Friday, November 2, 2012

Online paid content: Back to the future

It's amazing to see just how thoroughly the newspaper industry's attitude toward charging for content online has changed since Farhi's article in 2008. In that piece, he has to preface the idea of charging for news with the description that the guy in favor of it "sounds like a man from another century." It just wasn't something that could be proposed without invoking eyerolls.

Today, just less than four years later, it's gone from almost unspeakable to the default strategy for major metro newspapers in the U.S. Reading between the lines, it seems as though newspaper publishers bought the idea that the future was online (which is true, at least in part), and responded by jumping onto the free-web philosophy full-bore, without putting much thought into how they were going to make money off of it. It took most of them a few years, but they've all realized that the business model just isn't there yet (and that's a key word), and they have to do something to make it feasible financially.

So I think what we're seeing now could be the best of both worlds -- an approach to the web that's aggressive about finding genuinely innovative ways to inform and engage audiences, along with a realism about what it takes financially to sustain that kind of quality, and an approach (charging for online news) that matches that realism -- all without walling themselves off from the web. As much as paid content's critics might call it a retrenchment, it does seem like a way forward, at least for the time being.

Tuesday, October 30, 2012

Pay for compelling content? Why not?

Anderson’s model for the future newspaper industry “paying people to get other people to write,” as he mentioned himself, stemmed just from his personal experience. Moreover, the model seems to be limited to the economics of media down to “hyperlocal level.” Amateurs who are organized and taught by professional journalists and write for non-monetary rewards may be good at covering their own communities. However, it’s a different matter with “news content” to my mind. Information is one thing, news is another. I am not sure, for example, how much one who works as a civil engineer by day and write about something he/she loves by night can gratify the desire for in-depth stories and differentiated content of audiences. The 'Free' information itself does not make money at all without advertising. In addition, although ‘GeekDad’ is making some money from advertising, I don’t think the model can be appropriate for the future of news media industry.

A study (Peitz and Valletti, 2008) compared the degree of market failure arising in two market structures: pay-tv and free-to-air media platforms. While pay-tv has two sources of revenues, advertising revenues and revenues from viewers, free-to-air receives all revenues from advertising. The result showed that free-to-air television tends to provide less differentiated content whereas pay-tv stations always maximally differentiate their content. The study also found that market failures are smaller under pay-tv than under free-to-air. The result may not always be true, but I believe that audiences are willing to pay for unique and compelling content they value.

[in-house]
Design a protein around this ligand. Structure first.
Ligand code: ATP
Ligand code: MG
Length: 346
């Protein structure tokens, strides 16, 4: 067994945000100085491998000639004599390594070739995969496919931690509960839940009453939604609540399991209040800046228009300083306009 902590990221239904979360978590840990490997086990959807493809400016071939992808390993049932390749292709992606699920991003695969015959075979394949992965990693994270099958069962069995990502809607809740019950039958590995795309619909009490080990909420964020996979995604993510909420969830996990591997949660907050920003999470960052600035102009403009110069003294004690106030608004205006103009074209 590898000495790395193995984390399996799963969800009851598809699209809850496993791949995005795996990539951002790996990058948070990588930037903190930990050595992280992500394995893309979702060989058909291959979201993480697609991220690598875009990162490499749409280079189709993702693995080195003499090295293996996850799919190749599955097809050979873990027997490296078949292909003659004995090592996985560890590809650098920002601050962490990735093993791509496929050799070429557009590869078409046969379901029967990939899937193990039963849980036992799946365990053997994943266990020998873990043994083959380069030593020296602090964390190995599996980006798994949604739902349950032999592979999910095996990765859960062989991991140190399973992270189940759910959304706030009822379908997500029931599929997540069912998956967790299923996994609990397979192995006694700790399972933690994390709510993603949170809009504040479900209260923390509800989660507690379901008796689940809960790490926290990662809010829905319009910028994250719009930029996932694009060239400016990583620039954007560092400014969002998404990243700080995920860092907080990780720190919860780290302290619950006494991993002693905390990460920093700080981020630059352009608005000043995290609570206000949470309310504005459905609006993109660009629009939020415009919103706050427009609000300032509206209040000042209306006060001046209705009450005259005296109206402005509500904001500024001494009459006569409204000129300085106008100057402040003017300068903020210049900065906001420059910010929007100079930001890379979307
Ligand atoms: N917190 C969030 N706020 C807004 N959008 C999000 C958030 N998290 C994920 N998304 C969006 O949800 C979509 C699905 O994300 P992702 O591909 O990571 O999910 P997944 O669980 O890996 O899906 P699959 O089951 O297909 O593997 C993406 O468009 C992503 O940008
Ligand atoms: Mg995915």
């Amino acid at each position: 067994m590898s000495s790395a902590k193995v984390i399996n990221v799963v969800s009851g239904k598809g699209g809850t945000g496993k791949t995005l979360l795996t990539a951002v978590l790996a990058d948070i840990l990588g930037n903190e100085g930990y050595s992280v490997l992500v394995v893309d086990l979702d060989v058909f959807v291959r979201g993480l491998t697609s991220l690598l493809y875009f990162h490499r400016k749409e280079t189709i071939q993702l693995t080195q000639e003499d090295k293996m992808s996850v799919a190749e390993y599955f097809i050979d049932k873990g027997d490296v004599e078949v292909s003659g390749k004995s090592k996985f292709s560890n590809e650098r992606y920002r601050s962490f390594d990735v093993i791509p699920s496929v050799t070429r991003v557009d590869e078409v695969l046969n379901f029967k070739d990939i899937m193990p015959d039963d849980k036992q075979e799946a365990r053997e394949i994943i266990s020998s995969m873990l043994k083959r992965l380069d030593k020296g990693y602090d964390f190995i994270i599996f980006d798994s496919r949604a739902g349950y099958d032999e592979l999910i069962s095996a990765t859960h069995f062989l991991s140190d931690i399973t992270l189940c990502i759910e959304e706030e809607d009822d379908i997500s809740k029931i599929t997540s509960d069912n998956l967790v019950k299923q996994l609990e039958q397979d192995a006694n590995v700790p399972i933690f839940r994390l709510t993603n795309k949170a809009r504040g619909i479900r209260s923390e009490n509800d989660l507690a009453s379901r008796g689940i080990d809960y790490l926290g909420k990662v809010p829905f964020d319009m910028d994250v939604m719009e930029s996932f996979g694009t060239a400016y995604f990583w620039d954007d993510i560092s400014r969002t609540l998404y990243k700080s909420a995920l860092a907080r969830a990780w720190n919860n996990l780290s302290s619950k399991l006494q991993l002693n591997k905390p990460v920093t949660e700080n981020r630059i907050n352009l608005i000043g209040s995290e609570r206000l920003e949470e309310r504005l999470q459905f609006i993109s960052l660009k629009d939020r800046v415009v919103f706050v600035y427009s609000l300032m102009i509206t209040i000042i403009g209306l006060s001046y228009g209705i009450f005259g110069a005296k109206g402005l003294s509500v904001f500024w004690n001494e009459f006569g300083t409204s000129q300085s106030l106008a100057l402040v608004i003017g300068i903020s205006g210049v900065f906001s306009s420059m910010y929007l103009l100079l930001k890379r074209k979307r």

Free vs. paid: Can't we all just get along?!?

As I mentioned in class yesterday, I fall somewhere in between Chris Anderson and Malcolm Gladwell on the debate over the primacy of free vs. paid on the Internet. I think Anderson bases his argument on a basic fact of recent technological history that is difficult to refute: The power to store and distribute information is continually getting cheaper and cheaper, and thanks to collaborative tools, more and more people are willing to produce that information for free as well.

The problem with Anderson's argument comes, as Gladwell points out, when he tries to turn this simple technological observation into some sort immutable law that's an ordering principle for the way the world should be run. In some cases and markets, economic principles based on free goods, services, or content makes the most sense. In other cases, it doesn't. Just because it works in some cases doesn't mean it's a binding (or even relevant) principle for others.

On the other hand, I do think free content/information/goods/services is a phenomenon that needs to be taken seriously by businesses, especially in the media industry. It can't just be waved off as "utopianism" or "freeloading" -- it's a real, actual phenomenon that has real, actual economic forces and explanations behind it. I think the vigorous defense of paid economies by Gladwell and many others in publishing industries is motivated in part by self-protectionism -- a desire to preserve a world in which the work that they do remains important, regardless of whether it actually is.

There's a sense on both sides of this argument that the other is living in a fantasy world: Paid says the free advocates are ignorant of the fact that someone is paying for all this "free" stuff, and free says the paid advocates are desperately trying to hang onto a model where their content/labor is worth a lot more and is a lot less replaceable than it actually is. I think both sides both have a piece of reality, and if they'd acknowledge some merit in the other's points rather clinging to their absolutism, we'd make some real progress toward a mutual understanding of how the Internet economy actually works.